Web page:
TikTok has shared an update on its efforts to facilitate more control and transparency over the way it handles the data of European users, in alignment with its commitments to EU authorities on its data practices.
As part of “Project Clover”, which TikTok announced earlier this year, TikTok’s working to ensure that all EU user data remains in the E.U., as opposed to being transferred back to TikTok’s Chinese servers, while it’s also implementing new third-party verification over its data practices and processes.
TikTok says that it’s making progress on each, with its first data center in Dublin now operational, while construction of two new EU data centers, based in Norway and Ireland, is now underway.
TikTok had hoped to have its Dublin data center up and running last year, but faced delays in construction. But it’s now functioning as expected, which will ensure that EU TikTok user data remains in the EU, addressing a key concern about its operating practices.
Much like the U.S., European regulators have raised concerns that TikTok data could be accessed by the Chinese Government, based on the C.C.P.’s strict cybersecurity laws, which essentially require Chinese-owned companies to share their user data with the Chinese Government on request. In the U.S. TikTok is also in the process of establishing local data center and verification partnerships, in order to keep user data domestic, though concerns remain as to how exactly TikTok parent company ByteDance will be able to access and use user data moving forward.
And those concerns could still see TikTok banned in America, with CFIUS still weighing a decision on the app.
EU regulators could also implement similar, which is why TikTok’s also announced its new EU cybersecurity partner, which will audit and monitor its practices.
As per TikTok:
“We have engaged a third-party European security company to independently audit our data controls and protections, monitor data flows, provide independent verification, and report any incidents. We are pleased to announce that NCC Group will conduct this oversight of our data security measures.”
TikTok says that NCC Group will monitor data coming in and out of its secure environment “to independently validate that only approved employees can access limited data types”.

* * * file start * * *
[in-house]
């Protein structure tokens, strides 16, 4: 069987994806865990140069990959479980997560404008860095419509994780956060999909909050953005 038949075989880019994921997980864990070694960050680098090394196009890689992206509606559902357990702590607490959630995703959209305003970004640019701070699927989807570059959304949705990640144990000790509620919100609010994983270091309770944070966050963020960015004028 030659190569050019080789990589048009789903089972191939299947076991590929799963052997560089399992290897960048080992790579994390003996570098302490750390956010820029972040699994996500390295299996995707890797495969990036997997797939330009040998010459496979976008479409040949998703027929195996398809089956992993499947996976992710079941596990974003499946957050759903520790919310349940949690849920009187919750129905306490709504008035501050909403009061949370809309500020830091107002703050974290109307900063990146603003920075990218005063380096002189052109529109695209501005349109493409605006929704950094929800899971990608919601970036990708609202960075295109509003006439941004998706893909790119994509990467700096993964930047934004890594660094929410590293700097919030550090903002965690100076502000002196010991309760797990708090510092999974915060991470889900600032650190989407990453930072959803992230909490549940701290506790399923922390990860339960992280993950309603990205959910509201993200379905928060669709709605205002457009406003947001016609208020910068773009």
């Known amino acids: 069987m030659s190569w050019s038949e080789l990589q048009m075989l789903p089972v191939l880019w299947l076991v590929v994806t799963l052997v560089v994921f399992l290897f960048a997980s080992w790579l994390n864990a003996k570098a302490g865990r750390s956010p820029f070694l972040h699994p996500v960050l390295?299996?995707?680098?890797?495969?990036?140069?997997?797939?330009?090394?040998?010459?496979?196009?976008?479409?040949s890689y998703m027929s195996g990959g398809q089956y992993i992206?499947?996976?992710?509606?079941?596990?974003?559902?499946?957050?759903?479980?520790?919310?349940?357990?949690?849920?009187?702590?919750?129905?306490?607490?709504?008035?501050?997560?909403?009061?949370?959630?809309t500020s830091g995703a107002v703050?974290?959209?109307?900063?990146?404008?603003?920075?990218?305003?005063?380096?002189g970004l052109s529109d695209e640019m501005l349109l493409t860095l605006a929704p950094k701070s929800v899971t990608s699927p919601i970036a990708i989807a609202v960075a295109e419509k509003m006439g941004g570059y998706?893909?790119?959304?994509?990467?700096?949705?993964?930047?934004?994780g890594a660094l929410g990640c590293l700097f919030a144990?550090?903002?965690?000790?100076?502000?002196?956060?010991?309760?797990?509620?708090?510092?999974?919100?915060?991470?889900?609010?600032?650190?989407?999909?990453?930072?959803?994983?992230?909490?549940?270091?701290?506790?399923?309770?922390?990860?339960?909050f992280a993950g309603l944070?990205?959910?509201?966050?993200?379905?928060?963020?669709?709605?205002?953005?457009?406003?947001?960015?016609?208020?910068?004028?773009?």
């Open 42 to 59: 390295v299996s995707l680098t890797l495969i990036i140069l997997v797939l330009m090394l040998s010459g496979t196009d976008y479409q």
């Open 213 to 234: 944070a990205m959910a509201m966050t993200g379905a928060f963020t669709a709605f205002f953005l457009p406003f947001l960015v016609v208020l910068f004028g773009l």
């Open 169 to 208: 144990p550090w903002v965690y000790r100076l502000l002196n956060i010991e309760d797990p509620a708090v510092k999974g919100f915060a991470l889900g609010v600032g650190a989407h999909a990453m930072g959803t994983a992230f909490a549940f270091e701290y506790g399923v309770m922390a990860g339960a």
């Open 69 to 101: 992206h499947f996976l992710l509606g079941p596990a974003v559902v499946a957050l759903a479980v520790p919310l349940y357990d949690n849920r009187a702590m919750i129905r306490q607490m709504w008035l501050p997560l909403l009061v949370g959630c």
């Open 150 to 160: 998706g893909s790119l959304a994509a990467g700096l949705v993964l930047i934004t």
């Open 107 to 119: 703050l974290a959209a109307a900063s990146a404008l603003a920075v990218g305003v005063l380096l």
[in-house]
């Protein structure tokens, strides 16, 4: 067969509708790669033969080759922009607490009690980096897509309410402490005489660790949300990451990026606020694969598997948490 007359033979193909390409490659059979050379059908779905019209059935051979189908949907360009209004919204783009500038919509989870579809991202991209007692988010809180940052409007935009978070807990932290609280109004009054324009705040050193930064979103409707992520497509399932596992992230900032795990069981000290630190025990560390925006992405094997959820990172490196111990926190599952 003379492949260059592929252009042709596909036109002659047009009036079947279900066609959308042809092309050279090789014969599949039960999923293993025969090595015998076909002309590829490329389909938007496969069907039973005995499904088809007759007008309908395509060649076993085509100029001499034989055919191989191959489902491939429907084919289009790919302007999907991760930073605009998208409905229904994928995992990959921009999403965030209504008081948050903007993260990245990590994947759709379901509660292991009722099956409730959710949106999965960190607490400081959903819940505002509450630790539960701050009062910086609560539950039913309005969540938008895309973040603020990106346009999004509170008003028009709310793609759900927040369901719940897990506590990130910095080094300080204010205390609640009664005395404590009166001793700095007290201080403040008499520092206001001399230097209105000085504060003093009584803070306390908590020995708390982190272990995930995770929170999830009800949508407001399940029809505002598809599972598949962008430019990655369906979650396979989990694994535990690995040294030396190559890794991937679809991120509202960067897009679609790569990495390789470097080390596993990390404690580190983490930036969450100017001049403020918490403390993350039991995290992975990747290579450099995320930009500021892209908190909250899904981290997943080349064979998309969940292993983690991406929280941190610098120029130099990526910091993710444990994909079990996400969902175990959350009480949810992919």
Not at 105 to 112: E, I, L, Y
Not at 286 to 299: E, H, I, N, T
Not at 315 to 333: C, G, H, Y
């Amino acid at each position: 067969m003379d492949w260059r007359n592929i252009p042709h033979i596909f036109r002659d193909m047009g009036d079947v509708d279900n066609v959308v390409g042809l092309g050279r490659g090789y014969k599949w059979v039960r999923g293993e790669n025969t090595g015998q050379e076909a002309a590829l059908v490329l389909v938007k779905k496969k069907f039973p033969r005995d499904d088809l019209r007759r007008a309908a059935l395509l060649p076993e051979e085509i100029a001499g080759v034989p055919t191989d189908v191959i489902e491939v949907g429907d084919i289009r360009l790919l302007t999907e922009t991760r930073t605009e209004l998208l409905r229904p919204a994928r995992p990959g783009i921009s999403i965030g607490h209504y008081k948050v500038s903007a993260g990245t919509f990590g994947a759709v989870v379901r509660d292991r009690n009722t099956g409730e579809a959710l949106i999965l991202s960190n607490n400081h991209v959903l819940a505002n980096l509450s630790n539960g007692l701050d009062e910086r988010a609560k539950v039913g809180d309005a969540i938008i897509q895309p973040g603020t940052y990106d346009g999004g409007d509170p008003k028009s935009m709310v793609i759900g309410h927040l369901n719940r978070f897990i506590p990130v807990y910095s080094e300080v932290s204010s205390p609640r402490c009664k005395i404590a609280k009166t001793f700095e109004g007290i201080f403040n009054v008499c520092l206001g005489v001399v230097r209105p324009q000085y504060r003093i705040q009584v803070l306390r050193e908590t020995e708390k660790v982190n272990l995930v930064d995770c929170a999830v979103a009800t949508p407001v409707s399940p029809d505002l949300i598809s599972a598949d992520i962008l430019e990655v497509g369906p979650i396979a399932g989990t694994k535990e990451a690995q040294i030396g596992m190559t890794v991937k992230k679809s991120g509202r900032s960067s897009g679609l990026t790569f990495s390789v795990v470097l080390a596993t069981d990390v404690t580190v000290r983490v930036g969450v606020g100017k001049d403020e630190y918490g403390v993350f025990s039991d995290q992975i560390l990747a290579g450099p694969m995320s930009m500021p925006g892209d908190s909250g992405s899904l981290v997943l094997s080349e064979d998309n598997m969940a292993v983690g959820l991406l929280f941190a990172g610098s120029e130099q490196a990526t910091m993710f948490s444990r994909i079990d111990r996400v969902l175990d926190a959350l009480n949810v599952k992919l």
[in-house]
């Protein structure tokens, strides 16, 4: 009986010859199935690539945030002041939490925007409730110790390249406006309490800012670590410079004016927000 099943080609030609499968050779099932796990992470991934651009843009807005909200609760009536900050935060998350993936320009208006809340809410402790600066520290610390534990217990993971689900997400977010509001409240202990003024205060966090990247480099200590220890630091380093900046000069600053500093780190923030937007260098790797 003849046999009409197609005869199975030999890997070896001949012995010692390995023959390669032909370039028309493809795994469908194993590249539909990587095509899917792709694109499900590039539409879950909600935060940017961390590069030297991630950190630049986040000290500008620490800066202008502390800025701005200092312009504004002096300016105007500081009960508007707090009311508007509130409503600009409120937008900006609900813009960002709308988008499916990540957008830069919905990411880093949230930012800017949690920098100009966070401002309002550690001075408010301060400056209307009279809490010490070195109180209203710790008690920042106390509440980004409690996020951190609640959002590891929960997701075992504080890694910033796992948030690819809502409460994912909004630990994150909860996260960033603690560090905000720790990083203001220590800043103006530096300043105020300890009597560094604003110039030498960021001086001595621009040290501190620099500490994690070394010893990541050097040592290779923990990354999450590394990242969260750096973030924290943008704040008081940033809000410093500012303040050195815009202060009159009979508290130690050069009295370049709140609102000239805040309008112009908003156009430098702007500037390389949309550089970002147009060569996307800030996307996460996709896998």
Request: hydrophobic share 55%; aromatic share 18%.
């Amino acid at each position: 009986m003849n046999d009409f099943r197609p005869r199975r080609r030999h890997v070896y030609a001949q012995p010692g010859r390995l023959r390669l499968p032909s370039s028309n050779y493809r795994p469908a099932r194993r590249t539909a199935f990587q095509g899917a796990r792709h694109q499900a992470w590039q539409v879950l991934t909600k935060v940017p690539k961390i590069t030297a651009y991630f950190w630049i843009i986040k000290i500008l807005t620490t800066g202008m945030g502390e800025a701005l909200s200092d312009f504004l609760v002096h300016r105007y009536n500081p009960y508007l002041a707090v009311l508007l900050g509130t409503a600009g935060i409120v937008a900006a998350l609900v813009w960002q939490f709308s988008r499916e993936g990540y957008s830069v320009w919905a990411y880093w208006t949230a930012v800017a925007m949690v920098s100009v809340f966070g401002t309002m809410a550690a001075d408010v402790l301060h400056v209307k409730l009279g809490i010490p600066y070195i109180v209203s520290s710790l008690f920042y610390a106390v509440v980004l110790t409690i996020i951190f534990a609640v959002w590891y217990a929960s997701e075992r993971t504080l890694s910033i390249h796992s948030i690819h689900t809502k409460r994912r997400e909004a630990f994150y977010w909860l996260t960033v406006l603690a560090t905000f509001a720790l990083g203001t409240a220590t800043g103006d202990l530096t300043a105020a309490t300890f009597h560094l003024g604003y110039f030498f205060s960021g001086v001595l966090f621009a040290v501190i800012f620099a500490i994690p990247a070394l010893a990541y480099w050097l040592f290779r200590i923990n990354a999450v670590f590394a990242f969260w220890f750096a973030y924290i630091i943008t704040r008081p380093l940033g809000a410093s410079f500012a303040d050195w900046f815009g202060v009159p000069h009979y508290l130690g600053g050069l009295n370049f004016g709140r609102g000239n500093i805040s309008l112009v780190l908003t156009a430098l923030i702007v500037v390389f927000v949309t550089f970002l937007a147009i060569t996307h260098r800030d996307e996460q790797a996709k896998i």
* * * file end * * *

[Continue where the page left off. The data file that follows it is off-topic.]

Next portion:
“NCC Group will perform ongoing security assessments of the new security gateways we are building around European user data, the TikTok app, our data centres, and other TikTok infrastructure. NCC Group will also serve as a managed security services provider for our security gateways, performing real-time monitoring to identify and respond to any suspicious or anomalous access attempts and provide assurance on the integrity of the enhanced security controls operations.”
TikTok’s hoping that these new measures will help to reassure EU regulators as to the safety of its operations, which will then ensure that it can continue to operate in the region, where it serves over 150 million EU users.
Data security has become the key risk to TikTok’s ongoing prosperity, with potential restrictions seemingly the only thing likely to slow its growth worldwide. Which is why TikTok is now taking these broad-ranging separation measures, though it remains to be seen whether all of this will be enough to ensure authorities feel comfortable about its separation from the C.C.P.
If those concerns linger, then all of the time and effort, and money, that TikTok has committed to such projects will be moot, but if it does nothing, it risks losing way more in potential revenue around the world.